Creating space in your schedule and in your home, as well as using a shared language to connect about feelings and experiences can provide an opportunity for the family to be more prepared for the week ahead, as well as share their challenges from the past week.
Remember to allow your kids to approach the meeting as an equal instead of as child. Trust them to make the right decisions and when they don’t make the appropriate choice, share with them how that affects you, other family members, and their community.
If your adult child lives away from home, at college or in an apartment but plans to come home, set expectations clearly on what quarantine is, what your expectations are for their visit, and what they need to do before they can come home or return to school.
Try to eat meals together as often as possible and plan your meals. If you can’t have dinner together because you work nights, try to have breakfast together, or meet for a snack after school. With young adults and teens alike, encourage them to suggest the location or the meal that you plan to share. Change it up with a picnic in the living room or pack a lunch for a hike. Make it purposeful and allow for play and silliness. While eating healthy snacks is important, allow for flexibility and have an open mind when it comes to feel-good food. A well-timed cookie or treat can make for a fun surprise and lift spirits. All in moderation, of course!
Cook together. Choose one night each week that you and your teenager can meet in the neutral territory of the kitchen and create a meal together. Encourage them to pick out the recipe and allow them to take the lead on planning and organizing the meal. Let them lead everything from the timing of the various dishes to where you plan to share your meal together. If their idea of a family meal consists of having a picnic on the living room floor, then give it a go in order to change up the routine and add some fun into the mix.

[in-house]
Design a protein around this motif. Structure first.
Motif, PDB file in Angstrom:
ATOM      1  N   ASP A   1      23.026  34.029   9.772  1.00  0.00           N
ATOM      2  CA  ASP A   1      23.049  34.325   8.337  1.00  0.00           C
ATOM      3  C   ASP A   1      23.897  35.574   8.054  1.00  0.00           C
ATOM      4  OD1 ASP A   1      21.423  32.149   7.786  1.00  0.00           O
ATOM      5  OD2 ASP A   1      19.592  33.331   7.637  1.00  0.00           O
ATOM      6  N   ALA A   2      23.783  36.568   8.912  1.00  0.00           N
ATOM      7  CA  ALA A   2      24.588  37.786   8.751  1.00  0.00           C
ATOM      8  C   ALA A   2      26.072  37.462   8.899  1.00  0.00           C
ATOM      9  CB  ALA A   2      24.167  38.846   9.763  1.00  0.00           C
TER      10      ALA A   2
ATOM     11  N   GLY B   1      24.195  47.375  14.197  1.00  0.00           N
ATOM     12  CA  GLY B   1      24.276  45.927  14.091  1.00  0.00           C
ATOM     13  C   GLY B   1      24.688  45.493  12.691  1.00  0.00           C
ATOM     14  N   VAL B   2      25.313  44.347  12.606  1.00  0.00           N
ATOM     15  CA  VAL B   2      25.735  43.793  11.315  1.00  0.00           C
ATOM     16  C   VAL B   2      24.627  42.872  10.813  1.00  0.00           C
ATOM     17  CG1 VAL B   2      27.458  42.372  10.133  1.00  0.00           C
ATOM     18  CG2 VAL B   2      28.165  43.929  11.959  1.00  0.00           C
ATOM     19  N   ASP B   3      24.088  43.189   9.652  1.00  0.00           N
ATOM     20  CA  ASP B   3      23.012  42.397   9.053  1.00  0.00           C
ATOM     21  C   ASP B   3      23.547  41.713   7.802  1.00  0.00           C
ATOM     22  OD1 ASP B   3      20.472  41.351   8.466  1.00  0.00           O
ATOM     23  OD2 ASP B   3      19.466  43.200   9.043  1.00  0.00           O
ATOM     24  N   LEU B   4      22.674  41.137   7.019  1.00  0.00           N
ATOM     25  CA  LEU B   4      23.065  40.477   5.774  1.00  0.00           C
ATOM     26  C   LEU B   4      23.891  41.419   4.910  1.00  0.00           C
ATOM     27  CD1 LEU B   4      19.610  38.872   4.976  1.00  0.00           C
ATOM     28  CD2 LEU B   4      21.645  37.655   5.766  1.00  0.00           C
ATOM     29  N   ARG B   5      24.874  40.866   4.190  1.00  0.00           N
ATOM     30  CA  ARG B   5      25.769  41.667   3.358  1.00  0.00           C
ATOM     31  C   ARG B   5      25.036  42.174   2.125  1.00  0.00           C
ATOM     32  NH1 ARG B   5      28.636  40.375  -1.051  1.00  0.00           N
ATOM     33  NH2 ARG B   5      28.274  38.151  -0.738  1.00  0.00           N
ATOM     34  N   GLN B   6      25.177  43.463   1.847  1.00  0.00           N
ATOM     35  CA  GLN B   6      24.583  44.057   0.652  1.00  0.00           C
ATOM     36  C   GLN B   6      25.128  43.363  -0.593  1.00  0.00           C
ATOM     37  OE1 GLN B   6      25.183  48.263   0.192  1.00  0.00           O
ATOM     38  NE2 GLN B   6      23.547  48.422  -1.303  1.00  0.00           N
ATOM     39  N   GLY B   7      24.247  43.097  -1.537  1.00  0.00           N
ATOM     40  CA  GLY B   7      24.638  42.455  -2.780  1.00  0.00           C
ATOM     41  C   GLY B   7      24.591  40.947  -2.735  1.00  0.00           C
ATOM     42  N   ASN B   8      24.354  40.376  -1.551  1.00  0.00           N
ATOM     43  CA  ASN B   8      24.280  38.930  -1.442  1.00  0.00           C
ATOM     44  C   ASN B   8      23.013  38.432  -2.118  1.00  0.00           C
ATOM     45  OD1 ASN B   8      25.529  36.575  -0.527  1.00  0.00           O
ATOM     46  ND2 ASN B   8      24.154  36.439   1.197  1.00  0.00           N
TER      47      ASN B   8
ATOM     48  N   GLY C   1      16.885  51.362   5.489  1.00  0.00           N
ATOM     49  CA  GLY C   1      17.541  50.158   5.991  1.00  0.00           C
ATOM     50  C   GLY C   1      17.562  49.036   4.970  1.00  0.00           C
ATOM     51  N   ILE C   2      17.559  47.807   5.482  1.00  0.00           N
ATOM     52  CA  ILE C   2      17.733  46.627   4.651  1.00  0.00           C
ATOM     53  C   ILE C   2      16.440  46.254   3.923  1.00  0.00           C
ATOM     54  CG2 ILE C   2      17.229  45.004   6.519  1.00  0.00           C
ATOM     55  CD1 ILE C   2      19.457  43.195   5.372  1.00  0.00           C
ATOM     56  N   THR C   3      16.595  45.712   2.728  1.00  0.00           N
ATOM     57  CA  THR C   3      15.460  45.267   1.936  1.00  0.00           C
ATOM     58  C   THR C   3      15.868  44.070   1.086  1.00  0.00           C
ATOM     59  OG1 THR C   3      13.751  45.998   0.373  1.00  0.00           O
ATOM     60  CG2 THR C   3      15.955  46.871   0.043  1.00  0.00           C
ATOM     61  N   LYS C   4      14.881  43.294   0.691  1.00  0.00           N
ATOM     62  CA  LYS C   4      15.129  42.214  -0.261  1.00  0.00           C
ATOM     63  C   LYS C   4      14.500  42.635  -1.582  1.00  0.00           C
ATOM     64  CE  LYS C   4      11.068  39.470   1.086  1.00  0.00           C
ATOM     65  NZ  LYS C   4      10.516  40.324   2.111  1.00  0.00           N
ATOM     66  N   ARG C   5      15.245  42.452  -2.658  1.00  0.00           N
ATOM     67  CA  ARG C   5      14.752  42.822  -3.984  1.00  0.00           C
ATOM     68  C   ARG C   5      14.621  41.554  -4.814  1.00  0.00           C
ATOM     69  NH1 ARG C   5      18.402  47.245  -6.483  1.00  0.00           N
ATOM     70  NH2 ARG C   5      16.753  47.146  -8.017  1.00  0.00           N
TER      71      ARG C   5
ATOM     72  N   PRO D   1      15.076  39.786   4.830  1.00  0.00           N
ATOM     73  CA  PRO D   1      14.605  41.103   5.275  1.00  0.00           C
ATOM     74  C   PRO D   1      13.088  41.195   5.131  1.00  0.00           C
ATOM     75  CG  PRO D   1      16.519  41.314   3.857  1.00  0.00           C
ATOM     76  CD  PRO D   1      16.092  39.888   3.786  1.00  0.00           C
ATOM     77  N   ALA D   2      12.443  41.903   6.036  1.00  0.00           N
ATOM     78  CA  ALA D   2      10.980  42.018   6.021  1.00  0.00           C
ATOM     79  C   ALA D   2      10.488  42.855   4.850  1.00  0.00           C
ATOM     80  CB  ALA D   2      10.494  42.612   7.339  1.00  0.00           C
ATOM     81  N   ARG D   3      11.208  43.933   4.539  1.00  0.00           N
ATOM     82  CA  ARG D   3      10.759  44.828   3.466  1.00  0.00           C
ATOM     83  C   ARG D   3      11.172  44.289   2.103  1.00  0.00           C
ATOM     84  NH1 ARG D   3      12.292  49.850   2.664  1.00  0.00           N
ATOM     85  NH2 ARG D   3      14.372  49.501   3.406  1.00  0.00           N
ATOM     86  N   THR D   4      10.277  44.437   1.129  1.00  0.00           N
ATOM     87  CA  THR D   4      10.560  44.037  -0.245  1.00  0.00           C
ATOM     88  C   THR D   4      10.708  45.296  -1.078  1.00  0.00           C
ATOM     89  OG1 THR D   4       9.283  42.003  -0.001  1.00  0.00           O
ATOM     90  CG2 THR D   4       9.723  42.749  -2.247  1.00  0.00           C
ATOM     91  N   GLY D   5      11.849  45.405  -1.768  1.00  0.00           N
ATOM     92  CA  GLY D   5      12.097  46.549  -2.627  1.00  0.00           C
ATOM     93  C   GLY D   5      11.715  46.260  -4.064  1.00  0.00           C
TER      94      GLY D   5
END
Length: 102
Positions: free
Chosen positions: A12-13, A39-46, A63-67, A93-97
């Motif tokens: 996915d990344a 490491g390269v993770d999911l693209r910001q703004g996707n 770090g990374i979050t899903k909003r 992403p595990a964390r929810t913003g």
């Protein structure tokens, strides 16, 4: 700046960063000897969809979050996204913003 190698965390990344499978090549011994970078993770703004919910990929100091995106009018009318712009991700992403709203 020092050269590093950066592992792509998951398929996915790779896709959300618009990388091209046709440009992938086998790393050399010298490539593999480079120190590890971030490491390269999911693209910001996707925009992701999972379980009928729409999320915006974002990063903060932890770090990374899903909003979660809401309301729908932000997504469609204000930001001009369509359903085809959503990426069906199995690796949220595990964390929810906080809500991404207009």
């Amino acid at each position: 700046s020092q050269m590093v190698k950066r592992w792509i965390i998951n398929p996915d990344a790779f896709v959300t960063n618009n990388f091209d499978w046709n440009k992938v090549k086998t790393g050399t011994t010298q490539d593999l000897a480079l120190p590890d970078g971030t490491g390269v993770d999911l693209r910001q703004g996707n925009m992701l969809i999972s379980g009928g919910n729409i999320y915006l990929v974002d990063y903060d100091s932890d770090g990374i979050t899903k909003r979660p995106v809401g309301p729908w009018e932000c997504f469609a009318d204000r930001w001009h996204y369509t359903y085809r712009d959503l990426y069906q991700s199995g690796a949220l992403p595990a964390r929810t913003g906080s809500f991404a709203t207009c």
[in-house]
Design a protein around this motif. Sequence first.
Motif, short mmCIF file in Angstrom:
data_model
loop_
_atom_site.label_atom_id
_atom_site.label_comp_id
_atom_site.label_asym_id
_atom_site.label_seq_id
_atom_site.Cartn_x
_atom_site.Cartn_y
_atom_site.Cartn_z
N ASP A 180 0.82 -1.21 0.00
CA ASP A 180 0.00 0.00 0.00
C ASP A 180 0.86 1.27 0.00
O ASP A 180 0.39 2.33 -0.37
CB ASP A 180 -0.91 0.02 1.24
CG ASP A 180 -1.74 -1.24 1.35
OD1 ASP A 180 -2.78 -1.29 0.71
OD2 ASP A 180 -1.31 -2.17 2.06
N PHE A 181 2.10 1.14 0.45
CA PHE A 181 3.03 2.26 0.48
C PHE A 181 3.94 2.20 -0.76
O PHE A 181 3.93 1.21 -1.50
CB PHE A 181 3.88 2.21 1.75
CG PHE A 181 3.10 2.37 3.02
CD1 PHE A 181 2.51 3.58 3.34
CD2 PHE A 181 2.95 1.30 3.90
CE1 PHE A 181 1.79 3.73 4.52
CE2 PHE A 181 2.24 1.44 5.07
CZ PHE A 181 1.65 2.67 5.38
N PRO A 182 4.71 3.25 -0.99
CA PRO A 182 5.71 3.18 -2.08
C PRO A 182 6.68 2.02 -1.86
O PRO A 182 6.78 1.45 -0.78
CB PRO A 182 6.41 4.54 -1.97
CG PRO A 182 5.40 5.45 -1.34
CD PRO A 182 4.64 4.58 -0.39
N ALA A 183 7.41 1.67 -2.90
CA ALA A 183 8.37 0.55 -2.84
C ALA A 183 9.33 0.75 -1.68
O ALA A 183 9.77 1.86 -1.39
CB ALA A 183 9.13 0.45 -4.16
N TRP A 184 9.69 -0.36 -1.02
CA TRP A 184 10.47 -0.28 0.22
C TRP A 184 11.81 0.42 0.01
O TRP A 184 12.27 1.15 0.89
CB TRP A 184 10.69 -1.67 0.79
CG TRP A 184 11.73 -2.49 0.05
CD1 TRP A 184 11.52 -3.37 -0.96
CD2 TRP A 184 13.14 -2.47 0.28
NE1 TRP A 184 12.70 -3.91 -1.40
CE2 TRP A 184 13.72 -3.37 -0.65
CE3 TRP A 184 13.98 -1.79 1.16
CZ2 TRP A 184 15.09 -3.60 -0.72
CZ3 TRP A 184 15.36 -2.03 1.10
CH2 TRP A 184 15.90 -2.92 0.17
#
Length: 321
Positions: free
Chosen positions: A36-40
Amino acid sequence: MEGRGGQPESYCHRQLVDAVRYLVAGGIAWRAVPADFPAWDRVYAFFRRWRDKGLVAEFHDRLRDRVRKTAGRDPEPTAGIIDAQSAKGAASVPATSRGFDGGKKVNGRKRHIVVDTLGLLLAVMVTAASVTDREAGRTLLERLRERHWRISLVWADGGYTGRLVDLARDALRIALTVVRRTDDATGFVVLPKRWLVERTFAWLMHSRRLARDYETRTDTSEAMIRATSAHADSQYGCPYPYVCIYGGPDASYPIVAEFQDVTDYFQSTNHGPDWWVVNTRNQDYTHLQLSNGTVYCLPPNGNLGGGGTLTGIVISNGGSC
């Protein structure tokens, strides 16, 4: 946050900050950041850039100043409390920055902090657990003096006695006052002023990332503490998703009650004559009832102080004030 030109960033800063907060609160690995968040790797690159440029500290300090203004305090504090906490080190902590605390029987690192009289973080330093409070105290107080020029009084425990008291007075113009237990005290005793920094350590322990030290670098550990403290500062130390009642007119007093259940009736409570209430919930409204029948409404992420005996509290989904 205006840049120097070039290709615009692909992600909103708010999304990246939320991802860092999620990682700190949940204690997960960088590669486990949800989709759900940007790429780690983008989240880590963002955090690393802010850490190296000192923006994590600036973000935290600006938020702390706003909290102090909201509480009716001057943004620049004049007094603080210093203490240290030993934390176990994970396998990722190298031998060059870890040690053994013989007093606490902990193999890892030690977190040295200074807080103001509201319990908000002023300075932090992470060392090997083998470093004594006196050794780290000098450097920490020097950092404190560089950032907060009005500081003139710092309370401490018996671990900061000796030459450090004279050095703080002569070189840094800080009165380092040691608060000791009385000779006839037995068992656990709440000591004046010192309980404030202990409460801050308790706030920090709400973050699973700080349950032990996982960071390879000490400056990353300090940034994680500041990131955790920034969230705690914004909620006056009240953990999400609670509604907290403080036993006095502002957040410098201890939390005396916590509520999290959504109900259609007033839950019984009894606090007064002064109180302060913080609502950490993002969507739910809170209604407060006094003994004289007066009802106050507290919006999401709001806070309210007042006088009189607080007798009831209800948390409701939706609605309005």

Reach out to your county’s designated mental health agency or a local community resource. There are excellent resources for support and social groups, as well as individual and family counseling. Bookmark Vermont 2-1-1—it is an excellent online resource as well as a handy number that connects to a live person who can direct you to the help you need. It’s good to keep handy at all times, not just during a global pandemic.
Hike together. With social isolation, it is even more important to get outside in nature. It clears the mind as well as rejuvenates the spirit and the body. Nature is good medicine. Not sure where to go? Here are some good family hikes right here in our backyards!